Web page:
Midterm Elections 2018: Republicans in Tough Races Are Literally Walking Away from Trump's Birthright Citizenship Threat

President Donald Trump's plan to sign an executive order to end birthright citizenship has stunned Republicans, and with less than a week to go before the midterm elections, many vulnerable conservative candidates have broken with the president on his latest immigration proposal.

"We're the only country in the world where a person comes in and has a baby, and the baby is essentially a citizen of the United States…with all of those benefits," Trump told Axios in an interview, ignoring the fact that 30 other countries grant birthright citizenship.

Trump added that he could override the constitutional amendment with an executive order, though legal experts and lawmakers have said the president didn't have that kind of authority. To override the 14th Amendment guaranteeing birthright citizenship, Congress would need to propose another congressional amendment and have two-thirds of the House and Senate sign off on it. Then, the proposed amendment would need to be approved by three-quarters of the states in order to be ratified.

Democrats said that the proposal is simply "election season catnip" as the Trump administration looks to maintain a majority in Congress, and is similar to the president's hostile rhetoric against the migrant caravan.

"The president doesn't have this authority, but he does have an interest in dividing the country and riling up his base," Chicago Mayor Rahm Emanuel tweeted on Tuesday. "This is midterm election nonsense."

But Trump's latest plan may be doing more harm than good for Republicans facing tough midterm challenges, and many GOP candidates have broken with the president over it.

Representative Andy Barr, who is locked in a tight battle for his congressional seat against Democratic challenger Amy McGrath in Kentucky, said on Tuesday evening that he did not support Trump's plan to end citizenship for children born in the U.S. to noncitizen parents.

donald trump birthright citizenship republiccans midterms
President Donald Trump speaks to supporters during a rally at the Southern Illinois Airport on October 27, in Murphysboro, Illinois. Trump's latest proposal to end birthright citizenship has some vulnerable GOP candidates splitting with the president. Scott Olson/Getty Images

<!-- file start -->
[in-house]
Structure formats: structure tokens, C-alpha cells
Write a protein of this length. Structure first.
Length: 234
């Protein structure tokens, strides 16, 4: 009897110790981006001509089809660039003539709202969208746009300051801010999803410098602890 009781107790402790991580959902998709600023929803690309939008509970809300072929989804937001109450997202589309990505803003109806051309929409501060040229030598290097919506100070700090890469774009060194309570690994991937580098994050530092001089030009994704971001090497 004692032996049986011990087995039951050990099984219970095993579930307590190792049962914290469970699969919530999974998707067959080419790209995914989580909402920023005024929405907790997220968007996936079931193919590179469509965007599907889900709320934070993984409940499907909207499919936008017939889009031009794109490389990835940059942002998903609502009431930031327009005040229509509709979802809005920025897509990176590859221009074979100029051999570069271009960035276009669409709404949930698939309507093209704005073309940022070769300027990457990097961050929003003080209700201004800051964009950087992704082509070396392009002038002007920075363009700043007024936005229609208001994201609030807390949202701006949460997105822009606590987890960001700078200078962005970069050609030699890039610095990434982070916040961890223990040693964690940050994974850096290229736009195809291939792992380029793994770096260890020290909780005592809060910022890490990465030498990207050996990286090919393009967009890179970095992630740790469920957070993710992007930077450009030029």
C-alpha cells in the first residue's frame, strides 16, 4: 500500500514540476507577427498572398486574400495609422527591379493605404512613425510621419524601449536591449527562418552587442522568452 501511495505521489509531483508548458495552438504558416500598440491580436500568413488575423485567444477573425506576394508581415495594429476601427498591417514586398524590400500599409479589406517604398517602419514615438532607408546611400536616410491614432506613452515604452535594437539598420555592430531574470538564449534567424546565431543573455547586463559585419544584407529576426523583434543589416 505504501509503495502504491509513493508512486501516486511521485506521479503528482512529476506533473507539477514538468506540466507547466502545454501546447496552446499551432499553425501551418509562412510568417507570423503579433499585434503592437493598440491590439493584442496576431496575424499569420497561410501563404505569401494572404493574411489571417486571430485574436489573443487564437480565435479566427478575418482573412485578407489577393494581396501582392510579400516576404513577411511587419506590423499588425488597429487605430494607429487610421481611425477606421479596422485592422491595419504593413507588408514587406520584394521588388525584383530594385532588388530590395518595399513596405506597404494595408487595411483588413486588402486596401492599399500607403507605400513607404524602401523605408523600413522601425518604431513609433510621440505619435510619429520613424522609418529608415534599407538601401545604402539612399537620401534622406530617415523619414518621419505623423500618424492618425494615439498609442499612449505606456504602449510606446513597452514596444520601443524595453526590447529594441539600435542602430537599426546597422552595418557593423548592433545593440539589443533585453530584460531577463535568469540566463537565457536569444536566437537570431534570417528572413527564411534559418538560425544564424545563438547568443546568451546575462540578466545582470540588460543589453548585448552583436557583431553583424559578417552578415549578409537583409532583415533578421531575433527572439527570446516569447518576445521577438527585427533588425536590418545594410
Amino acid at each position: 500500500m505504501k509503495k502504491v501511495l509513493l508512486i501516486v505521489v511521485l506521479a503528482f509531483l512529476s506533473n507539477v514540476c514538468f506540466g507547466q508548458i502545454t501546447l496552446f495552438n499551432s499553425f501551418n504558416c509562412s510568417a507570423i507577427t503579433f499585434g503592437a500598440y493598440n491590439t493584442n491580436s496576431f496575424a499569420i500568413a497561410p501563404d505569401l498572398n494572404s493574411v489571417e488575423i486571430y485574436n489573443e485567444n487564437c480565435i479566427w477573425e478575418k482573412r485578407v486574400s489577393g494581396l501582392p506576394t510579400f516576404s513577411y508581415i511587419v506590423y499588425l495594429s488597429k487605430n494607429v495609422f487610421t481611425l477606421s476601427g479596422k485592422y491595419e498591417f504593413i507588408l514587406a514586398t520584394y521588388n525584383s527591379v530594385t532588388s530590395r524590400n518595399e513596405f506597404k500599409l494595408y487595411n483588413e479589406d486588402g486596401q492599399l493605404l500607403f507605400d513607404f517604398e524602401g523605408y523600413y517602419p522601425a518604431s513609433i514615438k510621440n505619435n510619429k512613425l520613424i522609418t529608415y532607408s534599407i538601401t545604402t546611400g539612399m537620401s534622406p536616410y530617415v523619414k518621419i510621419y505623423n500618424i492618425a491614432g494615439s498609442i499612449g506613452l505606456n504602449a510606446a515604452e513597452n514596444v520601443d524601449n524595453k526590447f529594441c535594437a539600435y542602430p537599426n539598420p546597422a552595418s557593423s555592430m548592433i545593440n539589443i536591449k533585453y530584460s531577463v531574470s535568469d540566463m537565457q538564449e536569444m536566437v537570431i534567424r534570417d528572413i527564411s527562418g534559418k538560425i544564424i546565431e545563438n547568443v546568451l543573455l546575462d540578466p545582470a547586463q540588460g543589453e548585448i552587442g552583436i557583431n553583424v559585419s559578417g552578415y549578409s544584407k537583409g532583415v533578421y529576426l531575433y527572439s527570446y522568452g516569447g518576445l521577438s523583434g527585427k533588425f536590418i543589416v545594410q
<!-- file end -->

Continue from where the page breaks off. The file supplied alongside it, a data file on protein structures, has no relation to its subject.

Barr told reporters that the 14th Amendment was clear and that he did not wish to change the Constitution. The comments marked a significant break from Trump, who held a rally in Kentucky earlier this month in support of the Republican candidate.

The president also praised Barr early Tuesday morning following his debate with McGrath, tweeting: "Congressman Andy Barr of Kentucky, who just had a great debate with his Nancy Pelosi run opponent, has been a winner for his State. Strong on Crime, the Border, Tax Cuts, Vets and 2nd Amendment, we need Andy in D.C. He has my Strong Endorsement."

In Missouri, Republican candidate Josh Hawley also split with the president on the topic of birthright citizenship. Hawley faces incumbent Democrat Claire McCaskill in a close Senate race. When asked if Trump could change the amendment with an executive order, Hawley, a constitutional attorney, said "of course not."

"I'm not sure what he has in mind," Hawley said of Trump's proposal. "I do think that—I'm against chain migration. I think that we need to secure the borders. Sending the 5,000 troops, I think, is absolutely necessary."

In Florida, Trump-endorsed candidate Rick Scott was asked by a Miami Herald reporter about whether he would support the president's birthright proposal. Scott ignored the question and walked away from the journalist.

Trump heads to Florida on Wednesday to hold a rally for Scott, who, as an outgoing governor, has challenged incumbent Senator Bill Nelson in one of the most expensive midterm campaigns this year.

Nevada lawmaker Dean Heller, who is generally viewed as the most vulnerable Senate Republican, released a vague statement on Trump's birthright proposal. Heller did not endorse the plan and chalked it up to Trump's "frustration on immigration and border security."

"This issue is a symptom of the larger problems we are facing," he said.

Trump doubled down on his proposal Wednesday morning, tweeting: "So-called Birthright Citizenship, which costs our Country billions of dollars and is very unfair to our citizens, will be ended one way or the other. It is not covered by the 14th Amendment because of the words "subject to the jurisdiction thereof." Many legal scholars agree...."

So-called Birthright Citizenship, which costs our Country billions of dollars and is very unfair to our citizens, will be ended one way or the other. It is not covered by the 14th Amendment because of the words “subject to the jurisdiction thereof.” Many legal scholars agree.....

— Donald J. Trump (@realDonaldTrump) October 31, 2018